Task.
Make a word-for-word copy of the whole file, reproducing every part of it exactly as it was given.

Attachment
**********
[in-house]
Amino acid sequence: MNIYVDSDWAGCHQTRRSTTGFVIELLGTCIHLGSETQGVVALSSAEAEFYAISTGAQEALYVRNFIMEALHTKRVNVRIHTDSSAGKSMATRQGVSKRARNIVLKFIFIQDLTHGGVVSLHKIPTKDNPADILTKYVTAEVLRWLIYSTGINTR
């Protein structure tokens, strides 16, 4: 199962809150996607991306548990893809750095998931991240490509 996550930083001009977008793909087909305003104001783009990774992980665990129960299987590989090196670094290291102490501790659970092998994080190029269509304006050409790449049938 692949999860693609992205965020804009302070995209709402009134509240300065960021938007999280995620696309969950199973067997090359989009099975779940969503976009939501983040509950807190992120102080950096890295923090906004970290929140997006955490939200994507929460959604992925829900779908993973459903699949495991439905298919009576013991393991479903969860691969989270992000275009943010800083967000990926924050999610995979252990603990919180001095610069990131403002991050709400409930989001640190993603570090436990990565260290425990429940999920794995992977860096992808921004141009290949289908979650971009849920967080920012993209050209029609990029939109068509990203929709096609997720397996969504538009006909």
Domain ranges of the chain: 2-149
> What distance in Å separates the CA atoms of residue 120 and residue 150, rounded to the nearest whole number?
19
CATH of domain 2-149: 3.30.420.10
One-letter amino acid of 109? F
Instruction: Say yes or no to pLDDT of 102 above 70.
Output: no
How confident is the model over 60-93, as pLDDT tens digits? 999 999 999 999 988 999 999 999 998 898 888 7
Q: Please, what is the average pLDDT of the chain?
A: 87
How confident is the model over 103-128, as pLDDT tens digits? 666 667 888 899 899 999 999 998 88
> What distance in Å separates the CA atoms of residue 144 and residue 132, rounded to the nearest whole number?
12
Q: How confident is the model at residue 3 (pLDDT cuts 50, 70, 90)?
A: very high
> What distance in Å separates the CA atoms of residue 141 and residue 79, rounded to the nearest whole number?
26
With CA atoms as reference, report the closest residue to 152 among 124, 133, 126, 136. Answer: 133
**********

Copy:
[in-house]
Amino acid sequence: MNIYVDSDWAGCHQTRRSTTGFVIELLGTCIHLGSETQGVVALSSAEAEFYAISTGAQEALYVRNFIMEALHTKRVNVRIHTDSSAGKSMATRQGVSKRARNIVLKFIFIQDLTHGGVVSLHKIPTKDNPADILTKYVTAEVLRWLIYSTGINTR
């Protein structure tokens, strides 16, 4: 199962809150996607991306548990893809750095998931991240490509 996550930083001009977008793909087909305003104001783009990774992980665990129960299987590989090196670094290291102490501790659970092998994080190029269509304006050409790449049938 692949999860693609992205965020804009302070995209709402009134509240300065960021938007999280995620696309969950199973067997090359989009099975779940969503976009939501983040509950807190992120102080950096890295923090906004970290929140997006955490939200994507929460959604992925829900779908993973459903699949495991439905298919009576013991393991479903969860691969989270992000275009943010800083967000990926924050999610995979252990603990919180001095610069990131403002991050709400409930989001640190993603570090436990990565260290425990429940999920794995992977860096992808921004141009290949289908979650971009849920967080920012993209050209029609990029939109068509990203929709096609997720397996969504538009006909």
Domain ranges of the chain: 2-149
> What distance in Å separates the CA atoms of residue 120 and residue 150, rounded to the nearest whole number?
19
CATH of domain 2-149: 3.30.420.10
One-letter amino acid of 109? F
Instruction: Say yes or no to pLDDT of 102 above 70.
Output: no
How confident is the model over 60-93, as pLDDT tens digits? 999 999 999 999 988 999 999 999 998 898 888 7
Q: Please, what is the average pLDDT of the chain?
A: 87
How confident is the model over 103-128, as pLDDT tens digits? 666 667 888 899 899 999 999 998 88
> What distance in Å separates the CA atoms of residue 144 and residue 132, rounded to the nearest whole number?
12
Q: How confident is the model at residue 3 (pLDDT cuts 50, 70, 90)?
A: very high
> What distance in Å separates the CA atoms of residue 141 and residue 79, rounded to the nearest whole number?
26
With CA atoms as reference, report the closest residue to 152 among 124, 133, 126, 136. Answer: 133